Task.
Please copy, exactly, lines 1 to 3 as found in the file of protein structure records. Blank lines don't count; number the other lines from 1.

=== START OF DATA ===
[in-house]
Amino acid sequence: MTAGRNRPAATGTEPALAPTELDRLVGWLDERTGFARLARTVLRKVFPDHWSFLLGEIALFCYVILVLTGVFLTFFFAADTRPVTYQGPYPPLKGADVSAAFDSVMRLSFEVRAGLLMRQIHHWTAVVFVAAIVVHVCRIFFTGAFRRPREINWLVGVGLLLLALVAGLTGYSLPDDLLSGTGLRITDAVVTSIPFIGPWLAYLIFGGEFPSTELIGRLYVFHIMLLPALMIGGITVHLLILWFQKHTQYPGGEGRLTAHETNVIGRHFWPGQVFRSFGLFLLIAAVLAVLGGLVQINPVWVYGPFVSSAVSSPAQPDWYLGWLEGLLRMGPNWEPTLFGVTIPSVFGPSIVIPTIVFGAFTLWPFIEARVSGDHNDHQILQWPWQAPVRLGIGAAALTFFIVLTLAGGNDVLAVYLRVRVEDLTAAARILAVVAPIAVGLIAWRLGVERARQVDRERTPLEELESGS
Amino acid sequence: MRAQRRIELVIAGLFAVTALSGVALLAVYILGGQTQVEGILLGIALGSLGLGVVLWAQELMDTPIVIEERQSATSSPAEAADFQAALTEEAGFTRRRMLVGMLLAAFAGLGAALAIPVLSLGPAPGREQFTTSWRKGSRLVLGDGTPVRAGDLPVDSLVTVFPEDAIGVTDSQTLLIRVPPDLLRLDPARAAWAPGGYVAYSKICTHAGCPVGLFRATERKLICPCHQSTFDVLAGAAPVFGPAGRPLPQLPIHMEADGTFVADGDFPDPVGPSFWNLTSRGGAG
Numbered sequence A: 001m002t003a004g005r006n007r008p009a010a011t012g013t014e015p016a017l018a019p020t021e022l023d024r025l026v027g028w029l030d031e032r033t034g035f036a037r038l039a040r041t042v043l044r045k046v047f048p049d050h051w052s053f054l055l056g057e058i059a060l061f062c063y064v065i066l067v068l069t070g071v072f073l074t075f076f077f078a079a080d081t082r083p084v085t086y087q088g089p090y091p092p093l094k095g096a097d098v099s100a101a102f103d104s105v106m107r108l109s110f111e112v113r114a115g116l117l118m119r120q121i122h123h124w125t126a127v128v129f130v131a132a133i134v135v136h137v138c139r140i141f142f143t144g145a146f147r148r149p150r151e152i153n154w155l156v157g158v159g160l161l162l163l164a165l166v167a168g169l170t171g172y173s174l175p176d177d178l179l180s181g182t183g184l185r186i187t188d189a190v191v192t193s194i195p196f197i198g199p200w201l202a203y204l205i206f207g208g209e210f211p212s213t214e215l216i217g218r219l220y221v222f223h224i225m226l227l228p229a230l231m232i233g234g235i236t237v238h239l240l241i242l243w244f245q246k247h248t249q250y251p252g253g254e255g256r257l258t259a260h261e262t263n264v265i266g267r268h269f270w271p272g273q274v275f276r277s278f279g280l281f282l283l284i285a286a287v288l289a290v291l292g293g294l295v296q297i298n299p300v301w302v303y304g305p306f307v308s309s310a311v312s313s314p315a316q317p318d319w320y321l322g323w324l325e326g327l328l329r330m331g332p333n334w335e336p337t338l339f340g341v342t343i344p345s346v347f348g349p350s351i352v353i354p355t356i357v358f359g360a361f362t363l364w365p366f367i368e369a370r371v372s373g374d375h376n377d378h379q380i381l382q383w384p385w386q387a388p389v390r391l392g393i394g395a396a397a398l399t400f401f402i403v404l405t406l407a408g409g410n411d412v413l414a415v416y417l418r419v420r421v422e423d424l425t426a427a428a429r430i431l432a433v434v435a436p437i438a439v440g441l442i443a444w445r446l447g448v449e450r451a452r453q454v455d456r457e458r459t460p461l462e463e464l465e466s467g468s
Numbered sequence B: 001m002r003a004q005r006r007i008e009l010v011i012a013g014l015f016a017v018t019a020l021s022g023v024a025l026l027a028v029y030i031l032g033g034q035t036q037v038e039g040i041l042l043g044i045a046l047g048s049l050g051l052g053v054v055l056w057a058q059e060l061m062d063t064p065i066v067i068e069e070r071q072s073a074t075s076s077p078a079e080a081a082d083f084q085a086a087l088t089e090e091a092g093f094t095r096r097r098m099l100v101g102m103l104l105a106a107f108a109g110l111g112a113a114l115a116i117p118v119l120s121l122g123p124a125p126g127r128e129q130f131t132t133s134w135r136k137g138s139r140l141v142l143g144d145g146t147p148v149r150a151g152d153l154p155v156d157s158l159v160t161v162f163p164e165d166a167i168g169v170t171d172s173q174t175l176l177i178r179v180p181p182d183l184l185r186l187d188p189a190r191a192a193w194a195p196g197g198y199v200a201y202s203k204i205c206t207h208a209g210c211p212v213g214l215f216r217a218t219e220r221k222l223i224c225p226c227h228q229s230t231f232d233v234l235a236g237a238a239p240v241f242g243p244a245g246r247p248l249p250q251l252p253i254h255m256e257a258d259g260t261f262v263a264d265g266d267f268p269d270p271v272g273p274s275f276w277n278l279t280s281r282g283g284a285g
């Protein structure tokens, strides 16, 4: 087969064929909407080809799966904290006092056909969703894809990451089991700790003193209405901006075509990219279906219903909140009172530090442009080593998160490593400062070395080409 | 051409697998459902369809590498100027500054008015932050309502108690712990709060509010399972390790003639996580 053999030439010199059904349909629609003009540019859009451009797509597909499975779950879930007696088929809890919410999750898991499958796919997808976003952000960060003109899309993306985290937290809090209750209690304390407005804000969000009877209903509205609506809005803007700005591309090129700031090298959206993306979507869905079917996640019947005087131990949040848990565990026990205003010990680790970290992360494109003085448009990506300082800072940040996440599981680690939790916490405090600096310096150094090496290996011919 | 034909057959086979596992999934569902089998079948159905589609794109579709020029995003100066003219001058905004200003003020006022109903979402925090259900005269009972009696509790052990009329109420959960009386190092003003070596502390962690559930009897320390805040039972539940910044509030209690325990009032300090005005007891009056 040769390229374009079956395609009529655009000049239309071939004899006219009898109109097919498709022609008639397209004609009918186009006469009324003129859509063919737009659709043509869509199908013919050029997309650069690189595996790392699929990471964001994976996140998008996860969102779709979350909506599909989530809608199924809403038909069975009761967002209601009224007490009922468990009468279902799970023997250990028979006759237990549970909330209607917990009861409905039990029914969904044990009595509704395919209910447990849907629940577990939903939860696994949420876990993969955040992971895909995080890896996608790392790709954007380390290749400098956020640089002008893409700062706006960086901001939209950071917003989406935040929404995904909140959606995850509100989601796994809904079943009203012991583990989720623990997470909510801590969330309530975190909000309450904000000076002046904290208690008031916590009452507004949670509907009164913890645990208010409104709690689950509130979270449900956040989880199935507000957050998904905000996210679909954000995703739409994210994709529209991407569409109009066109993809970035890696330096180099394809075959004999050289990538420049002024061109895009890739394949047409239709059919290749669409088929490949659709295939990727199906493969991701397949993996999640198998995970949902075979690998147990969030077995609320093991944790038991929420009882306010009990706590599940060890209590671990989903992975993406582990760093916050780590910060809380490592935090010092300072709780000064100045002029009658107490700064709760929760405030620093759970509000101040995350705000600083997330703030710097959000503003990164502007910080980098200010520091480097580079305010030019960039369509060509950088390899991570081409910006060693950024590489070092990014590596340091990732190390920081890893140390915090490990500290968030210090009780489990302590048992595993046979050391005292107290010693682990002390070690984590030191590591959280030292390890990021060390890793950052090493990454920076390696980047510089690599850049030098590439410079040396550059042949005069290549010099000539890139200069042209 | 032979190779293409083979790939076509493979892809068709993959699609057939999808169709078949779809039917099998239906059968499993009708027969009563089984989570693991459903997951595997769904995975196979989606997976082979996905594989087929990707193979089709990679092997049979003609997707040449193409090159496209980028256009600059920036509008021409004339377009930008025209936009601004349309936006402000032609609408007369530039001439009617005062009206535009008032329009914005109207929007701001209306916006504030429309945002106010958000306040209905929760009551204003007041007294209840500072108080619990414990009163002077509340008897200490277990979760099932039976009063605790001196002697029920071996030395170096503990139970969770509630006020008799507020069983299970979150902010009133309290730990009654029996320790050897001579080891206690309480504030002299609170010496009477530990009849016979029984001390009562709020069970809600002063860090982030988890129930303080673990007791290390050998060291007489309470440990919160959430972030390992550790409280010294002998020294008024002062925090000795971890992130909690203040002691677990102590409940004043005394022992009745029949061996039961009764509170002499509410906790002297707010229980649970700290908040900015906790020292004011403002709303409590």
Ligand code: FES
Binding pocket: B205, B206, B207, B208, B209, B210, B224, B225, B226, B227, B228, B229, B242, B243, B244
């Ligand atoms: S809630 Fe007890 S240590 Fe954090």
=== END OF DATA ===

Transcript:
[in-house]
Amino acid sequence: MTAGRNRPAATGTEPALAPTELDRLVGWLDERTGFARLARTVLRKVFPDHWSFLLGEIALFCYVILVLTGVFLTFFFAADTRPVTYQGPYPPLKGADVSAAFDSVMRLSFEVRAGLLMRQIHHWTAVVFVAAIVVHVCRIFFTGAFRRPREINWLVGVGLLLLALVAGLTGYSLPDDLLSGTGLRITDAVVTSIPFIGPWLAYLIFGGEFPSTELIGRLYVFHIMLLPALMIGGITVHLLILWFQKHTQYPGGEGRLTAHETNVIGRHFWPGQVFRSFGLFLLIAAVLAVLGGLVQINPVWVYGPFVSSAVSSPAQPDWYLGWLEGLLRMGPNWEPTLFGVTIPSVFGPSIVIPTIVFGAFTLWPFIEARVSGDHNDHQILQWPWQAPVRLGIGAAALTFFIVLTLAGGNDVLAVYLRVRVEDLTAAARILAVVAPIAVGLIAWRLGVERARQVDRERTPLEELESGS
Amino acid sequence: MRAQRRIELVIAGLFAVTALSGVALLAVYILGGQTQVEGILLGIALGSLGLGVVLWAQELMDTPIVIEERQSATSSPAEAADFQAALTEEAGFTRRRMLVGMLLAAFAGLGAALAIPVLSLGPAPGREQFTTSWRKGSRLVLGDGTPVRAGDLPVDSLVTVFPEDAIGVTDSQTLLIRVPPDLLRLDPARAAWAPGGYVAYSKICTHAGCPVGLFRATERKLICPCHQSTFDVLAGAAPVFGPAGRPLPQLPIHMEADGTFVADGDFPDPVGPSFWNLTSRGGAG